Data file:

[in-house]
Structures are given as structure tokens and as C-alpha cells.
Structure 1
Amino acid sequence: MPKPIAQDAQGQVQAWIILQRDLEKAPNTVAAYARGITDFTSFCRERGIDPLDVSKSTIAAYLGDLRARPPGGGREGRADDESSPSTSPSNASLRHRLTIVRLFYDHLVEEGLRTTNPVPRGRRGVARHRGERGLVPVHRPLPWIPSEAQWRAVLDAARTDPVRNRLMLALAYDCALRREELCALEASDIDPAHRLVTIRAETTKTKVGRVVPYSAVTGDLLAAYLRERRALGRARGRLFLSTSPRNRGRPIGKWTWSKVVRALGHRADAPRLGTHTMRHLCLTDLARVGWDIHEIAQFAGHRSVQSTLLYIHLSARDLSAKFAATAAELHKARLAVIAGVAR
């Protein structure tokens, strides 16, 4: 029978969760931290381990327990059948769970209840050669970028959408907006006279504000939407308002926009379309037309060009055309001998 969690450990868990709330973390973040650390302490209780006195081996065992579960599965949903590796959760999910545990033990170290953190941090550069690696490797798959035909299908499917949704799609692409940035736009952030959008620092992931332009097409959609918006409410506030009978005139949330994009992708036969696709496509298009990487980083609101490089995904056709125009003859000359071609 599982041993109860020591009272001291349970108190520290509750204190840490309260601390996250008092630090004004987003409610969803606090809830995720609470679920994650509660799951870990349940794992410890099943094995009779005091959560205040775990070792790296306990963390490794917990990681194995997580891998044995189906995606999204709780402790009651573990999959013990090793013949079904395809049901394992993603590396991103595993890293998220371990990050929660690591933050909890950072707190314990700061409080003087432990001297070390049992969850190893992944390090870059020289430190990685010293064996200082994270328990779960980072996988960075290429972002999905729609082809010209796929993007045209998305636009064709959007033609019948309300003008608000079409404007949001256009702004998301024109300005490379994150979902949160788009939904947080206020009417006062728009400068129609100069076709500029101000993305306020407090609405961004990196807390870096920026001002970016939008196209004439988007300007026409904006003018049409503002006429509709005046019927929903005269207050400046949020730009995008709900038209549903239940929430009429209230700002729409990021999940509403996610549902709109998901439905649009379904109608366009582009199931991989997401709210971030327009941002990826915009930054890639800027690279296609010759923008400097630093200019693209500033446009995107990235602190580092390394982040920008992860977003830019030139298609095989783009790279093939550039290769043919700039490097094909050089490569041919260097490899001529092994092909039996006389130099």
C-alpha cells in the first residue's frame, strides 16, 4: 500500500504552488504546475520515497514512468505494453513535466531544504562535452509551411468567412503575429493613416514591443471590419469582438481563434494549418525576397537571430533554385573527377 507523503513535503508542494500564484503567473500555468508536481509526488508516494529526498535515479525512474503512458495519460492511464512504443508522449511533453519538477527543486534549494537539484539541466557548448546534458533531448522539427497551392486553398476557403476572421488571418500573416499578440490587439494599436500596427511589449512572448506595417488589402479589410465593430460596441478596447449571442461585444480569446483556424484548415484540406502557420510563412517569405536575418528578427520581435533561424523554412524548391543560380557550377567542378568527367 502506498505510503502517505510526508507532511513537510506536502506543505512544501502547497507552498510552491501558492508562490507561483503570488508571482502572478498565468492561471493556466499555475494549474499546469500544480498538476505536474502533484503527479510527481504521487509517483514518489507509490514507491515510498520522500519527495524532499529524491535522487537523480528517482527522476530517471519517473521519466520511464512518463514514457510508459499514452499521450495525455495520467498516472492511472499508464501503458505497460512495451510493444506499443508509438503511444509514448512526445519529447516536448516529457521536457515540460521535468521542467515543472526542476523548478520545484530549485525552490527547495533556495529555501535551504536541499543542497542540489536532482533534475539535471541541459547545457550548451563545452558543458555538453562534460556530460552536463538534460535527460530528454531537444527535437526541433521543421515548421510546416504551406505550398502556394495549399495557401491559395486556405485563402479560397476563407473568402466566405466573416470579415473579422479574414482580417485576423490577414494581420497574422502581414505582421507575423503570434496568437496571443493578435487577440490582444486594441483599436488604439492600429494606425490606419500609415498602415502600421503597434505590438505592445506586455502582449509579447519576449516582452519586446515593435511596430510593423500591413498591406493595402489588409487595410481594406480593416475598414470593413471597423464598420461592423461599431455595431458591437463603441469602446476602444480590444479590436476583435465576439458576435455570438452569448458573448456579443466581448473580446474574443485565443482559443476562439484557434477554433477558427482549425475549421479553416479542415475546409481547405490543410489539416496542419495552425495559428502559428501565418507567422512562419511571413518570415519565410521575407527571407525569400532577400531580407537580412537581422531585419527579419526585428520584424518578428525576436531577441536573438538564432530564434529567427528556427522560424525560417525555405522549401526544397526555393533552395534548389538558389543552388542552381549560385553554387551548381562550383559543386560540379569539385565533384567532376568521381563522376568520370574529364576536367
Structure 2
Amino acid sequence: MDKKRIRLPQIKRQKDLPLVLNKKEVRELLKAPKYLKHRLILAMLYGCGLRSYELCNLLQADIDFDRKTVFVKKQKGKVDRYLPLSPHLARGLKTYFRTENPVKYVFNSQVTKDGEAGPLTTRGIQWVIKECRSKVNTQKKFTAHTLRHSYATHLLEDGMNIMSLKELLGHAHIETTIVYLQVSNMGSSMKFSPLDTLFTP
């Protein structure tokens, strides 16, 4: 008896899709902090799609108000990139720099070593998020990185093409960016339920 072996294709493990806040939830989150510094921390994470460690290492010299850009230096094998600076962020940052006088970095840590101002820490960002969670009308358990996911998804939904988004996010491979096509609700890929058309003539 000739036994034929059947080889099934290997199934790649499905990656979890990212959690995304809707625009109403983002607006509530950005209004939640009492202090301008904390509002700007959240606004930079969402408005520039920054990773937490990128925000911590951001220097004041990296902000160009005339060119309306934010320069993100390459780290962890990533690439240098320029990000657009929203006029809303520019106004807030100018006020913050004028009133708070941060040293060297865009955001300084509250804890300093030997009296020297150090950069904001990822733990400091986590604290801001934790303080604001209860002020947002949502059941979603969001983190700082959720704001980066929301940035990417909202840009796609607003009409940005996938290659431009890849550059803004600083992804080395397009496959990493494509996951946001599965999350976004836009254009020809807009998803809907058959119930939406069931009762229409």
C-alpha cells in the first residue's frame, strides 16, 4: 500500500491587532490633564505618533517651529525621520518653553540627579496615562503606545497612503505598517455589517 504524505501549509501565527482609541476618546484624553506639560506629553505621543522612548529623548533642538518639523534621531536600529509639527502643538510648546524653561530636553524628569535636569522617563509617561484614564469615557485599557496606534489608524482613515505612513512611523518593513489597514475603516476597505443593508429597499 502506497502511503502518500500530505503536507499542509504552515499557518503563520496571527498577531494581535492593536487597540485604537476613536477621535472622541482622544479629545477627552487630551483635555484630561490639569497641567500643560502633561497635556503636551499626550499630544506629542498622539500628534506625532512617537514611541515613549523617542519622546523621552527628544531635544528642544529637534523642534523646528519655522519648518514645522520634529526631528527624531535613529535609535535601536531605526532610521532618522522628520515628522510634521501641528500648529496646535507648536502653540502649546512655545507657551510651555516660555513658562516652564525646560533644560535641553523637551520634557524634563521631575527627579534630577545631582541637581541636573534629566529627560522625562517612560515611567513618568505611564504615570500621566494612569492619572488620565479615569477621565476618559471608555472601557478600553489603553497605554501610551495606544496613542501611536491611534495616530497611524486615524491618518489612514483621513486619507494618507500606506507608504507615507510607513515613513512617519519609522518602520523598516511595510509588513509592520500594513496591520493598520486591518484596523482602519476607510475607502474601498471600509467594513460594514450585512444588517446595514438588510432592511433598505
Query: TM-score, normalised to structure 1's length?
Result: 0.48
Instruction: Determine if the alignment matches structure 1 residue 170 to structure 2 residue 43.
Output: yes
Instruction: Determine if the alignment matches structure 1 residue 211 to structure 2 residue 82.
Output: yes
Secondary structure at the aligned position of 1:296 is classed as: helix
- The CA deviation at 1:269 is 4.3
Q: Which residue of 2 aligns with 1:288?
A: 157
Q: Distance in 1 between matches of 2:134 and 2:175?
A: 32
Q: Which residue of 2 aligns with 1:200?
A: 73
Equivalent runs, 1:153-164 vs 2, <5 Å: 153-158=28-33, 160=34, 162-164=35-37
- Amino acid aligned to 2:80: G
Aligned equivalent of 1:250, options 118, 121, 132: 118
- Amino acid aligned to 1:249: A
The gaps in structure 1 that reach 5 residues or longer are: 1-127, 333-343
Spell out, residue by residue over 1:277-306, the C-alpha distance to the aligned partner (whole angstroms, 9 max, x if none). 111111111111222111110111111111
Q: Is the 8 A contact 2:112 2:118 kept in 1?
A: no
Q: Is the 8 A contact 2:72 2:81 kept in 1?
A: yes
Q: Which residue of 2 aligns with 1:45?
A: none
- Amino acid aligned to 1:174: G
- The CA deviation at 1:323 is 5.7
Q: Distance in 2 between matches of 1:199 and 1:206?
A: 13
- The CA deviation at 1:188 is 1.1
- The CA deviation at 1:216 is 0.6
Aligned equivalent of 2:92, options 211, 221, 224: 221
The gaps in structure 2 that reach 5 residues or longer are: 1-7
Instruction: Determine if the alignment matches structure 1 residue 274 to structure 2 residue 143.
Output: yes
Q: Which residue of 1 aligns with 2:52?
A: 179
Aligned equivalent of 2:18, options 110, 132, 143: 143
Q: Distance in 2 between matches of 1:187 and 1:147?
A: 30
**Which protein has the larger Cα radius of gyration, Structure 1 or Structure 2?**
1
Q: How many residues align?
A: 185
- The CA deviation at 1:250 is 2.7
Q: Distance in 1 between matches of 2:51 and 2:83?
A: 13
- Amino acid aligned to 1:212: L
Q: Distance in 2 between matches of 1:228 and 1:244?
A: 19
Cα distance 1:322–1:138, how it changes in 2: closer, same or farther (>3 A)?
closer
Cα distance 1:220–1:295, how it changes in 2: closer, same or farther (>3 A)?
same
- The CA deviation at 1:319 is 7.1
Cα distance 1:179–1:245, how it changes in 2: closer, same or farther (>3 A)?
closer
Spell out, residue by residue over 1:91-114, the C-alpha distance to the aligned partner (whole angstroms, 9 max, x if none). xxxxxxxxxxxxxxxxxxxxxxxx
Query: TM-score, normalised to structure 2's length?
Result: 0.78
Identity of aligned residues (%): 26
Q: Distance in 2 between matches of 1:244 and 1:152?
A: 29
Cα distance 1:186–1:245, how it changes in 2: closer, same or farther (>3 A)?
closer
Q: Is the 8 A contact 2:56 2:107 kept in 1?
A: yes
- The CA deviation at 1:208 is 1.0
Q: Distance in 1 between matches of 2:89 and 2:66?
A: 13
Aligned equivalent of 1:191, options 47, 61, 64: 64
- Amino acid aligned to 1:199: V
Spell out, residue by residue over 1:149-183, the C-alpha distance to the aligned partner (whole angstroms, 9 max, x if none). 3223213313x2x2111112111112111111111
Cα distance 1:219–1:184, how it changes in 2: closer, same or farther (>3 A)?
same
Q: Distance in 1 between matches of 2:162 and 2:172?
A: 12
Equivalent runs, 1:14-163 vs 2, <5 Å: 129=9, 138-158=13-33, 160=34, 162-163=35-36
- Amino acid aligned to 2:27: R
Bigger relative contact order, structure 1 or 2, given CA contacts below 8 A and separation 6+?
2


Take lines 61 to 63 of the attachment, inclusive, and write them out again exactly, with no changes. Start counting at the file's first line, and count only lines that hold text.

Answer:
A: 19
Cα distance 1:322–1:138, how it changes in 2: closer, same or farther (>3 A)?
closer